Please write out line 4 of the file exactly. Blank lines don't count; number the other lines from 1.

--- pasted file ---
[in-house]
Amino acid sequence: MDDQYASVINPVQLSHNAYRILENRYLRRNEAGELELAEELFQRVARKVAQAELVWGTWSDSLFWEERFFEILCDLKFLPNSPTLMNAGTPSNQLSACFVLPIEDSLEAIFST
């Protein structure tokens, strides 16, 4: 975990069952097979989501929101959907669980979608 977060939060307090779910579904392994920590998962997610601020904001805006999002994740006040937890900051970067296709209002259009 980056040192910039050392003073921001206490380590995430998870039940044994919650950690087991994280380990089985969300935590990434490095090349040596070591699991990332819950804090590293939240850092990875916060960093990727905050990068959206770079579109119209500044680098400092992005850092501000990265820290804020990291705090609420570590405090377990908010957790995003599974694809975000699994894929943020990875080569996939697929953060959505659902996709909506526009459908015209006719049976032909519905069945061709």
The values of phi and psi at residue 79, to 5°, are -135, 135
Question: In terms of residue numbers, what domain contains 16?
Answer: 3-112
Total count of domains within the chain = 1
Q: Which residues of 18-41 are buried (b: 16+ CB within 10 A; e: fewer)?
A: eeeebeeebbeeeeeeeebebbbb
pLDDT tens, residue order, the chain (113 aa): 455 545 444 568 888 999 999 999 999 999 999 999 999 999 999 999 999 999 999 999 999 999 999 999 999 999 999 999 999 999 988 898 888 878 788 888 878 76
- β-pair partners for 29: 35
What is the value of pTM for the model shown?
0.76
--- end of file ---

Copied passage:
The values of phi and psi at residue 79, to 5°, are -135, 135